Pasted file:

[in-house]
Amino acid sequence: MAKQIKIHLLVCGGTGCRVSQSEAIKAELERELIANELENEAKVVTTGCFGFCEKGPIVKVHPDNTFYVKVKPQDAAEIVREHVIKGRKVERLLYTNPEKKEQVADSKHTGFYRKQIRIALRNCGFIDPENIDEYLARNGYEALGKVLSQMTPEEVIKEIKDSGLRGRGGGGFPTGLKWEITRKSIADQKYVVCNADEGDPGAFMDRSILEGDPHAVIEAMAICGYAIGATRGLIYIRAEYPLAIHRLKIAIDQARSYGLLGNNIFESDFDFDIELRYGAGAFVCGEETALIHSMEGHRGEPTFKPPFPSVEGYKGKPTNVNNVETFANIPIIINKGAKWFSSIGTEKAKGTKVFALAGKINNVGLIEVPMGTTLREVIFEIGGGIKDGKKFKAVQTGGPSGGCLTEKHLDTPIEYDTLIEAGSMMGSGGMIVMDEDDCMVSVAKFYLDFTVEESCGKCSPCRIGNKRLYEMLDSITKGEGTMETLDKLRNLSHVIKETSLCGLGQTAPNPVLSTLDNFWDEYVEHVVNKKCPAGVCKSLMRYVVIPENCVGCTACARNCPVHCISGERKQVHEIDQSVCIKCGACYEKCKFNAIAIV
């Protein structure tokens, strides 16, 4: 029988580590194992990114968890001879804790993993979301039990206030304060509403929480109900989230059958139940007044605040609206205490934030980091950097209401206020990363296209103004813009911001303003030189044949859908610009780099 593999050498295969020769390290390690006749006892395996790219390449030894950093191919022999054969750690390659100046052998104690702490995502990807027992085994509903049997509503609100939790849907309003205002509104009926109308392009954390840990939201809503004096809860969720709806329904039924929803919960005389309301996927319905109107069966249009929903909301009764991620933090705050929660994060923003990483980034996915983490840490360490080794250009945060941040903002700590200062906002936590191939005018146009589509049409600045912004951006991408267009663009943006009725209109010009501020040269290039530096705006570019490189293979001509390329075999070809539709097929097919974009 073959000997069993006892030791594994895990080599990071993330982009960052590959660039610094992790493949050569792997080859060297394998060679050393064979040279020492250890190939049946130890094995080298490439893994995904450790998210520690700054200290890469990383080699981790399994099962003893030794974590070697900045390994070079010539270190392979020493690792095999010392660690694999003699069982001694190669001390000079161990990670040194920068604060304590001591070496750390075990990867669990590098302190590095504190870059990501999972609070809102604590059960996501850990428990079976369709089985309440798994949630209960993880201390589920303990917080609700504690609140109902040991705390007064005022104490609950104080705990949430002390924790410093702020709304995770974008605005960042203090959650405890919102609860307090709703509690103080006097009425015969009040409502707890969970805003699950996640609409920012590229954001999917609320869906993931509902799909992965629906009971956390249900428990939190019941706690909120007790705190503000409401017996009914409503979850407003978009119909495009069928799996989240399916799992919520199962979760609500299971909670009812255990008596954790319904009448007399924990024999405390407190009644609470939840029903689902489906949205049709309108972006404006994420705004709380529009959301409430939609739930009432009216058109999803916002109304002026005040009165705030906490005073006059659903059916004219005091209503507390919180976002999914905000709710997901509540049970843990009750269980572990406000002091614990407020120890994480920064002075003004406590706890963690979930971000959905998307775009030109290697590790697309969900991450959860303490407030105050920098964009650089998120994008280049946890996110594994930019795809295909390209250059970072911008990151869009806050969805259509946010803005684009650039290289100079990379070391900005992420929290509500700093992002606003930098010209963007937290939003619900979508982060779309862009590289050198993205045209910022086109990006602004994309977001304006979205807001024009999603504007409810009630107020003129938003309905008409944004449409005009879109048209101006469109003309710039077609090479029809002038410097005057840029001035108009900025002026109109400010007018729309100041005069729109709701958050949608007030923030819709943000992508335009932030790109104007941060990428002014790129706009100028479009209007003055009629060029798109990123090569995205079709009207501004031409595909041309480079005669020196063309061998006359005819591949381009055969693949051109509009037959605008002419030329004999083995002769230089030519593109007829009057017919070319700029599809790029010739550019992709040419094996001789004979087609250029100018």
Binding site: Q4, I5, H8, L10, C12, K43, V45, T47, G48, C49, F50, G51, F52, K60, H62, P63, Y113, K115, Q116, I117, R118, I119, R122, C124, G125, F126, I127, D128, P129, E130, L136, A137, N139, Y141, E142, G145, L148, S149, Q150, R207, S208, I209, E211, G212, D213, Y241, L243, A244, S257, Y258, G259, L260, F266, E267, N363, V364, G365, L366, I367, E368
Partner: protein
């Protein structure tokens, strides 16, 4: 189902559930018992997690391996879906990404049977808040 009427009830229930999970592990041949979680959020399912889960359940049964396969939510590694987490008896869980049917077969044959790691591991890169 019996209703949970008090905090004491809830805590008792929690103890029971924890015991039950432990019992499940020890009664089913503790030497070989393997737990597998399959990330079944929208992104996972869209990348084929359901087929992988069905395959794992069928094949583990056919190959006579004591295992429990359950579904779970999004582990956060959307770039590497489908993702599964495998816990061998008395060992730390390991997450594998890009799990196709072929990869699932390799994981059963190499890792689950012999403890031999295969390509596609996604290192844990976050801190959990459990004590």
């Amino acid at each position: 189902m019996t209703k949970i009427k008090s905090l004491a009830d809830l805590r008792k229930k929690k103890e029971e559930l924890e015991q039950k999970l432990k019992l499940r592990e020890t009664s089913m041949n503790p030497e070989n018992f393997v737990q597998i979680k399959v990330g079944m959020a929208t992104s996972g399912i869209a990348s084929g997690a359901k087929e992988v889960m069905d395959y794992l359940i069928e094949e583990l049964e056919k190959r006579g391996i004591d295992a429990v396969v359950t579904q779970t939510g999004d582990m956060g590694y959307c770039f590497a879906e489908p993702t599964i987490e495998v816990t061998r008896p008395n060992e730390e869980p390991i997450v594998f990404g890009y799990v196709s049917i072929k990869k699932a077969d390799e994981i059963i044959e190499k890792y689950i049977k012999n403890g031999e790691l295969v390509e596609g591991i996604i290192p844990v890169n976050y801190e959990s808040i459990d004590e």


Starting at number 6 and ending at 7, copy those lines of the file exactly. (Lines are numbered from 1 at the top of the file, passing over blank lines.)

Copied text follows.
């Protein structure tokens, strides 16, 4: 189902559930018992997690391996879906990404049977808040 009427009830229930999970592990041949979680959020399912889960359940049964396969939510590694987490008896869980049917077969044959790691591991890169 019996209703949970008090905090004491809830805590008792929690103890029971924890015991039950432990019992499940020890009664089913503790030497070989393997737990597998399959990330079944929208992104996972869209990348084929359901087929992988069905395959794992069928094949583990056919190959006579004591295992429990359950579904779970999004582990956060959307770039590497489908993702599964495998816990061998008395060992730390390991997450594998890009799990196709072929990869699932390799994981059963190499890792689950012999403890031999295969390509596609996604290192844990976050801190959990459990004590």
């Amino acid at each position: 189902m019996t209703k949970i009427k008090s905090l004491a009830d809830l805590r008792k229930k929690k103890e029971e559930l924890e015991q039950k999970l432990k019992l499940r592990e020890t009664s089913m041949n503790p030497e070989n018992f393997v737990q597998i979680k399959v990330g079944m959020a929208t992104s996972g399912i869209a990348s084929g997690a359901k087929e992988v889960m069905d395959y794992l359940i069928e094949e583990l049964e056919k190959r006579g391996i004591d295992a429990v396969v359950t579904q779970t939510g999004d582990m956060g590694y959307c770039f590497a879906e489908p993702t599964i987490e495998v816990t061998r008896p008395n060992e730390e869980p390991i997450v594998f990404g890009y799990v196709s049917i072929k990869k699932a077969d390799e994981i059963i044959e190499k890792y689950i049977k012999n403890g031999e790691l295969v390509e596609g591991i996604i290192p844990v890169n976050y801190e959990s808040i459990d004590e």